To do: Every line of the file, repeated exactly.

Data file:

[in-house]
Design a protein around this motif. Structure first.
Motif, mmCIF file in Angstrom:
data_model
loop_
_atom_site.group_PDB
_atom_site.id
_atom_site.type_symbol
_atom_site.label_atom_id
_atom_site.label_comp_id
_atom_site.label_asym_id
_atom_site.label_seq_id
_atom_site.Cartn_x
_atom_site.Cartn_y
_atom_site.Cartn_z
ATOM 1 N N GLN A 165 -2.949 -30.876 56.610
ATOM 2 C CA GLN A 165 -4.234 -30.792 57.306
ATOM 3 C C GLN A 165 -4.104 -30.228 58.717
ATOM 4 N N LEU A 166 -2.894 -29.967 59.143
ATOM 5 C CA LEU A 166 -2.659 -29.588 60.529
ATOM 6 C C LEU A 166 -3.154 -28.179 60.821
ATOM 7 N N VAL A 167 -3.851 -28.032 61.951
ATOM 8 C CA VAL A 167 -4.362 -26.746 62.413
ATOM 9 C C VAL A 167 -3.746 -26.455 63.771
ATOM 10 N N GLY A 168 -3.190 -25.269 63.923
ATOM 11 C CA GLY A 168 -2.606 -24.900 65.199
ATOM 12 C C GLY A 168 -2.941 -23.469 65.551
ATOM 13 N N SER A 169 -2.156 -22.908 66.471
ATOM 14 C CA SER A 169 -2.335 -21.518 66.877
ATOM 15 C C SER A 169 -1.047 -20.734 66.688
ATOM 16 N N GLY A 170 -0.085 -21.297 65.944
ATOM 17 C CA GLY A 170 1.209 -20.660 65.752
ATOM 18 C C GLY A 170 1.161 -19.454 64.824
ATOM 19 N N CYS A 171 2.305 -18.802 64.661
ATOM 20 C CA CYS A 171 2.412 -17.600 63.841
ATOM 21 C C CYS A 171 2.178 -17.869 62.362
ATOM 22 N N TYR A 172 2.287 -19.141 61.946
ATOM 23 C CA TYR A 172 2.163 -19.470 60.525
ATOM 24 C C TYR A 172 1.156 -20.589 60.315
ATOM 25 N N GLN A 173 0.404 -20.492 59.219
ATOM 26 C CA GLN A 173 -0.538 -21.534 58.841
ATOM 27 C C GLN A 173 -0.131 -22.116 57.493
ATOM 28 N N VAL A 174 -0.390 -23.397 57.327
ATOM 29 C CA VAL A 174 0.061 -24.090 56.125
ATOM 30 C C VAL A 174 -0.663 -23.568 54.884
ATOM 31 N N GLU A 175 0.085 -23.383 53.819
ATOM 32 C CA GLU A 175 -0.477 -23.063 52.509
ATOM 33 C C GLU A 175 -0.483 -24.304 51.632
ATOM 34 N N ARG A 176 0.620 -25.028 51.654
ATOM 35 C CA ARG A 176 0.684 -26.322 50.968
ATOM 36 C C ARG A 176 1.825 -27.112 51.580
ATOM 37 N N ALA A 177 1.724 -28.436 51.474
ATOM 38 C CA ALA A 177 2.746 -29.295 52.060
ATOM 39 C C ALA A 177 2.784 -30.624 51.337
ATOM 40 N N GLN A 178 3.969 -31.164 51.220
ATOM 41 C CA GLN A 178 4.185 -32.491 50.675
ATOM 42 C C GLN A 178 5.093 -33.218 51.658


[in-house]
Design a protein around this motif. Structure first.
Motif, mmCIF file in Angstrom:
data_model
loop_
_atom_site.group_PDB
_atom_site.id
_atom_site.type_symbol
_atom_site.label_atom_id
_atom_site.label_comp_id
_atom_site.label_asym_id
_atom_site.label_seq_id
_atom_site.Cartn_x
_atom_site.Cartn_y
_atom_site.Cartn_z
ATOM 1 N N GLN A 165 -2.949 -30.876 56.610
ATOM 2 C CA GLN A 165 -4.234 -30.792 57.306
ATOM 3 C C GLN A 165 -4.104 -30.228 58.717
ATOM 4 N N LEU A 166 -2.894 -29.967 59.143
ATOM 5 C CA LEU A 166 -2.659 -29.588 60.529
ATOM 6 C C LEU A 166 -3.154 -28.179 60.821
ATOM 7 N N VAL A 167 -3.851 -28.032 61.951
ATOM 8 C CA VAL A 167 -4.362 -26.746 62.413
ATOM 9 C C VAL A 167 -3.746 -26.455 63.771
ATOM 10 N N GLY A 168 -3.190 -25.269 63.923
ATOM 11 C CA GLY A 168 -2.606 -24.900 65.199
ATOM 12 C C GLY A 168 -2.941 -23.469 65.551
ATOM 13 N N SER A 169 -2.156 -22.908 66.471
ATOM 14 C CA SER A 169 -2.335 -21.518 66.877
ATOM 15 C C SER A 169 -1.047 -20.734 66.688
ATOM 16 N N GLY A 170 -0.085 -21.297 65.944
ATOM 17 C CA GLY A 170 1.209 -20.660 65.752
ATOM 18 C C GLY A 170 1.161 -19.454 64.824
ATOM 19 N N CYS A 171 2.305 -18.802 64.661
ATOM 20 C CA CYS A 171 2.412 -17.600 63.841
ATOM 21 C C CYS A 171 2.178 -17.869 62.362
ATOM 22 N N TYR A 172 2.287 -19.141 61.946
ATOM 23 C CA TYR A 172 2.163 -19.470 60.525
ATOM 24 C C TYR A 172 1.156 -20.589 60.315
ATOM 25 N N GLN A 173 0.404 -20.492 59.219
ATOM 26 C CA GLN A 173 -0.538 -21.534 58.841
ATOM 27 C C GLN A 173 -0.131 -22.116 57.493
ATOM 28 N N VAL A 174 -0.390 -23.397 57.327
ATOM 29 C CA VAL A 174 0.061 -24.090 56.125
ATOM 30 C C VAL A 174 -0.663 -23.568 54.884
ATOM 31 N N GLU A 175 0.085 -23.383 53.819
ATOM 32 C CA GLU A 175 -0.477 -23.063 52.509
ATOM 33 C C GLU A 175 -0.483 -24.304 51.632
ATOM 34 N N ARG A 176 0.620 -25.028 51.654
ATOM 35 C CA ARG A 176 0.684 -26.322 50.968
ATOM 36 C C ARG A 176 1.825 -27.112 51.580
ATOM 37 N N ALA A 177 1.724 -28.436 51.474
ATOM 38 C CA ALA A 177 2.746 -29.295 52.060
ATOM 39 C C ALA A 177 2.784 -30.624 51.337
ATOM 40 N N GLN A 178 3.969 -31.164 51.220
ATOM 41 C CA GLN A 178 4.185 -32.491 50.675
ATOM 42 C C GLN A 178 5.093 -33.218 51.658